Turning the Fifties myth on its head

Rachel Cooke. Picture: Charlie Hopkinson
Rachel Cooke. Picture: Charlie Hopkinson
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A piece of vintage furniture set journalist Rachel Cooke on a three-year journey with ten amazing women. She spoke to Yvette Huddleston.

The idea for her first book came to journalist Rachel Cooke when she bought an original 1950s Ercol sideboard – in pale wood and timelessly modern – on eBay. “The more I looked at the sideboard and how different it was to the dark, old-fashioned furniture in the rooms of my grandparents, the more I began to think that there are two versions of the Fifties.”

Cooke’s well-received non-fiction debut Her Brilliant Career – Ten Extraordinary Women of the Fifties is a thoroughly researched and engagingly written series of essays celebrating the achievements of a group of women who established their impressive careers in the years following the Second World War. “When I was first thinking about the book it was at the time that series like Mad Men and Call the Midwife were on television,” says Cooke. “And the picture you got was that every woman in the Fifties was a housewife so I thought I would see if I could find some career women.”

Deliberately avoiding film stars and novelists, Cooke instead sought out women who were carving a niche for themselves in professions as diverse as architecture, archaeology, film production, rally-car driving, magazine journalism and the law. “I found 10 women with very different careers from each other and also with racy private lives,” says Cooke. “I wanted to show that lots of things were happening in the Fifties. It is a funny period – we want it to be a certain thing, we sort of patronize it but I didn’t see it like that.”

What makes the women in the book so inspiring is the uninhibited way they went about pursuing their careers, unfettered by any expectations that society may have had of them at the time. This applied equally to their professional endeavours as to their domestic arrangements.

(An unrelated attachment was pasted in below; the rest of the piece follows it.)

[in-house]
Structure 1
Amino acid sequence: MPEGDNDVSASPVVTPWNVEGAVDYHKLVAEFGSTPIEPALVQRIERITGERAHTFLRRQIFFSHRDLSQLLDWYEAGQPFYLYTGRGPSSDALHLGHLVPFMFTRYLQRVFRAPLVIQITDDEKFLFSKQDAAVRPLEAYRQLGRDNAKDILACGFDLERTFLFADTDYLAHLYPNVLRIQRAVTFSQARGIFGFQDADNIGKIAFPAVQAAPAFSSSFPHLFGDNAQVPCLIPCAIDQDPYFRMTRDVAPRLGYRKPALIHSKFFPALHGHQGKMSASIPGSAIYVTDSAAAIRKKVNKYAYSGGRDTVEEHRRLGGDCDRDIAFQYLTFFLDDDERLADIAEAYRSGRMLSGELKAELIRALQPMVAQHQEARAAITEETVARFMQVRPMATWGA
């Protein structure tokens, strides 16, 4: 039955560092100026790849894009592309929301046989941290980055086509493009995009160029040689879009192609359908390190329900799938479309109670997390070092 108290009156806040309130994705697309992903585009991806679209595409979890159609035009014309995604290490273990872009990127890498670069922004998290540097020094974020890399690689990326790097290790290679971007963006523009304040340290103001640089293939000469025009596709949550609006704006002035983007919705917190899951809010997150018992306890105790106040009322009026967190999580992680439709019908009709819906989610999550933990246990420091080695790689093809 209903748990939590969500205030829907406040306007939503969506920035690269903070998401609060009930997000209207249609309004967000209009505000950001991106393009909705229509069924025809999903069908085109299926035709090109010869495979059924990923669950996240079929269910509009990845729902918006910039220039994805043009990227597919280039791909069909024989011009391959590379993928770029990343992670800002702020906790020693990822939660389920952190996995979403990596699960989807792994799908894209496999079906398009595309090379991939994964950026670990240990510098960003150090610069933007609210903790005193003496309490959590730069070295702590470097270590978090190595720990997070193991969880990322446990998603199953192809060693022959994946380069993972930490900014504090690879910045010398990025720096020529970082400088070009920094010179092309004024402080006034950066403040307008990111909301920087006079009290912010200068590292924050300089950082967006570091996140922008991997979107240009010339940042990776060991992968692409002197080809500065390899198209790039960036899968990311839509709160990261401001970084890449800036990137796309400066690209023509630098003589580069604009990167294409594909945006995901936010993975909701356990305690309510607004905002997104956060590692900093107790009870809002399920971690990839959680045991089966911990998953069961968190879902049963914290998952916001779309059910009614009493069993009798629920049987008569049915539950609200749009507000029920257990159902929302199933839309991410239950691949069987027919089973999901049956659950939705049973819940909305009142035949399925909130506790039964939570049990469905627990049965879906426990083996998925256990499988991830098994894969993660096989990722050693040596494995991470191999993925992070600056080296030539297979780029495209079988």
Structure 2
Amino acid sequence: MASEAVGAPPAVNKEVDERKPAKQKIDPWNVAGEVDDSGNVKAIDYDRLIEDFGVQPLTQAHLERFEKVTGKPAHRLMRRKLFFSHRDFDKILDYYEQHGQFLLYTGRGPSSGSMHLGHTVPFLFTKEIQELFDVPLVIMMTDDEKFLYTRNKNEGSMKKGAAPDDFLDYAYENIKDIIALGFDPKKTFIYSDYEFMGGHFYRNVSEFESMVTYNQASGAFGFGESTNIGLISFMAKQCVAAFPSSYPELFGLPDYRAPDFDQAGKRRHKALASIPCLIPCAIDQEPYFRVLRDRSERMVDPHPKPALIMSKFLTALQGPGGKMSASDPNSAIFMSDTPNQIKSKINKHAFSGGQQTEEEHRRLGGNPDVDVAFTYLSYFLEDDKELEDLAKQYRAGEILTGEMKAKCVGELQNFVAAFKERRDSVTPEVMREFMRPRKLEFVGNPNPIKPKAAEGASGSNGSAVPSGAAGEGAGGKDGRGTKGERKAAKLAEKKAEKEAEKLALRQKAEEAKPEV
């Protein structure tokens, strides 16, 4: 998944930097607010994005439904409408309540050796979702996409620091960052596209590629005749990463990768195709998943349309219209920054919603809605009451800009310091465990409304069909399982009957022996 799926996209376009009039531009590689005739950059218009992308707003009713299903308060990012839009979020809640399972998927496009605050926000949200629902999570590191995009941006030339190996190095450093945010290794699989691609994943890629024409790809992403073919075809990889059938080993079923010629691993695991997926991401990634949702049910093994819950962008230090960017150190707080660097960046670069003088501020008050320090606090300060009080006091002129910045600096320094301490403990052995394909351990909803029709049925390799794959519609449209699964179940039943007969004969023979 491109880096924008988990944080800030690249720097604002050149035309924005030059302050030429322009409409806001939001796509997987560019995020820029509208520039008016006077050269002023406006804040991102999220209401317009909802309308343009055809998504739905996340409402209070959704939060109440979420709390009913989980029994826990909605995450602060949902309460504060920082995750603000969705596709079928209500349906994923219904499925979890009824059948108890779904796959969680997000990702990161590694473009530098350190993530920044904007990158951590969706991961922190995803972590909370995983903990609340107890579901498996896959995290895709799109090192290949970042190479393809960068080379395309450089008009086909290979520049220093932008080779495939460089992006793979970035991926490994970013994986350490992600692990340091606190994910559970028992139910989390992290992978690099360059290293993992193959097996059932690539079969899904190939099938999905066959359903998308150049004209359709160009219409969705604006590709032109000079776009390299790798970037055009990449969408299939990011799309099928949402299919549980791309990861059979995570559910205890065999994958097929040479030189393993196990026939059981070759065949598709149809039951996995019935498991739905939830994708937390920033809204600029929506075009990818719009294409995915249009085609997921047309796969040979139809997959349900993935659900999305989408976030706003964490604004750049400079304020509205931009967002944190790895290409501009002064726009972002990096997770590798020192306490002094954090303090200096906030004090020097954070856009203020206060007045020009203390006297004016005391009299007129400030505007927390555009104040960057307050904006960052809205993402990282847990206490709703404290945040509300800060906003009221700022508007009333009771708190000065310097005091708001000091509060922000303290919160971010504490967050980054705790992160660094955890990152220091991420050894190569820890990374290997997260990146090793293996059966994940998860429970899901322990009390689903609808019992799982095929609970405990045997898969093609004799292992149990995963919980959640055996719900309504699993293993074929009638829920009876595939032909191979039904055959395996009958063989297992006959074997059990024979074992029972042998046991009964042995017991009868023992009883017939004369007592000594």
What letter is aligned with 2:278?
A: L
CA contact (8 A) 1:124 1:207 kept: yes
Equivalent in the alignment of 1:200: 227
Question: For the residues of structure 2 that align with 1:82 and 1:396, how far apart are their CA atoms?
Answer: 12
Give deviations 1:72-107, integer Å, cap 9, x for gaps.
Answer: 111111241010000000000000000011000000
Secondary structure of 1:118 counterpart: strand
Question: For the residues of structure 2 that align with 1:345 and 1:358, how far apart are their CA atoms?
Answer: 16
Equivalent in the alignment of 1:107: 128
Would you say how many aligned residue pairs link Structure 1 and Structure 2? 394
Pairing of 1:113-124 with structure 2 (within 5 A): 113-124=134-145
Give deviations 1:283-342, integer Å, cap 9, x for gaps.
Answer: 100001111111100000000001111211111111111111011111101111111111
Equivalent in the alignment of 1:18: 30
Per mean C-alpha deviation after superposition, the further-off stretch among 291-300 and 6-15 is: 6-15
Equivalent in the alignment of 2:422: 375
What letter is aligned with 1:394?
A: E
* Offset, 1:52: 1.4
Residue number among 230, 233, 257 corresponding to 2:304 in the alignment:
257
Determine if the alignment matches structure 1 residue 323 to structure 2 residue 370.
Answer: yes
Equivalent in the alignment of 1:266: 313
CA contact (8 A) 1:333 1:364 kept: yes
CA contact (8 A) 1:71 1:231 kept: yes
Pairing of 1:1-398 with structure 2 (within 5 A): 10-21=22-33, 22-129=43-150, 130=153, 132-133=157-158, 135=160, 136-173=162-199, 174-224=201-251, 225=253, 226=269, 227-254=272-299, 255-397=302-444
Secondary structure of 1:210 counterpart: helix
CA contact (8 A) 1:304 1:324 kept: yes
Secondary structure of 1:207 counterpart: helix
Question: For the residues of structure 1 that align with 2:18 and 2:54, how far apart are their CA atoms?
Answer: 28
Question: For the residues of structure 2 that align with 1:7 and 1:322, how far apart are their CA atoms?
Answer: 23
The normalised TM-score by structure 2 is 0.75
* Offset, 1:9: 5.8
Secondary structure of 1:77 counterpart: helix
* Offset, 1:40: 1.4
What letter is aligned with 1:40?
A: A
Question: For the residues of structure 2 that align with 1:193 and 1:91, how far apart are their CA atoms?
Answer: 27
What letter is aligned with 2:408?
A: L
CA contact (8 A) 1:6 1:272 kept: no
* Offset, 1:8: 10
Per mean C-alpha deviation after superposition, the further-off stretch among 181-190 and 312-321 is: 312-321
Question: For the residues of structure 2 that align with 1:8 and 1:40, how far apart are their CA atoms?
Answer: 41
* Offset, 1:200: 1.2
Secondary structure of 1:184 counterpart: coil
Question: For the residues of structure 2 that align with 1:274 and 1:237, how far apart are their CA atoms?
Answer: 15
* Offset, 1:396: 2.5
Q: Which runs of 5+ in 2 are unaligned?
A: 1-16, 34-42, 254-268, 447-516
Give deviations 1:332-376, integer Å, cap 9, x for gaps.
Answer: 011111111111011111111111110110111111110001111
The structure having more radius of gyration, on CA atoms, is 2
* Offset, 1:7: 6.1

Three of the women in the book – magazine editor Joan Werner Laurie, rally-car driver Sheila van Damm and writer Nancy Spain – lived in a lesbian ménage a trois, while married film producer Betty Box, though apparently happily married, had a long-standing discreet affair with her colleague and collaborator director Ralph Thomas.

“They were mould breakers and pioneers in their private lives and their work lives,” says Cooke. “Expectations of women were more rigid but on the other hand it was before the era of self-reproach. It never occurred to them that they might have to make a choice between career and family – they just got on with it.” To illustrate that point, there is a wonderful photograph in the book of architect Alison Smithson working at a desk in her garden. In the background is a small boy on a bicycle and at her side a baby in a bassinet. “They were more pragmatic,” says Cooke. “I wouldn’t say they were ruthless but they were very determined and stoical. They weren’t expected to feel guilty – your time was there to be filled and you just took any moment that you could.” It is also worth remembering that this was an era when children were left much more to their own devices. “I have tried not to judge the women for that,” says Cooke who interviewed most of the children of the women featured in her book. “Overall they felt that they had been privileged to have those women in their lives.”

There is, however, a hair-raising story about cookery writer Patience Gray. While on holiday with her son and daughter in southern Italy, who were 16 and 15 at the time, one of her many lovers turned up to visit so she gave her children £20 and told them to hitchhike back to London – they arrived safely three weeks later, but the apparent lack of maternal concern is striking. “I spent three years with those women and I have to admit I had moments where I hated them all,” laughs Cooke. “But now I feel fond of them and want to champion them. My hope is that young women read the book and are inspired by it.”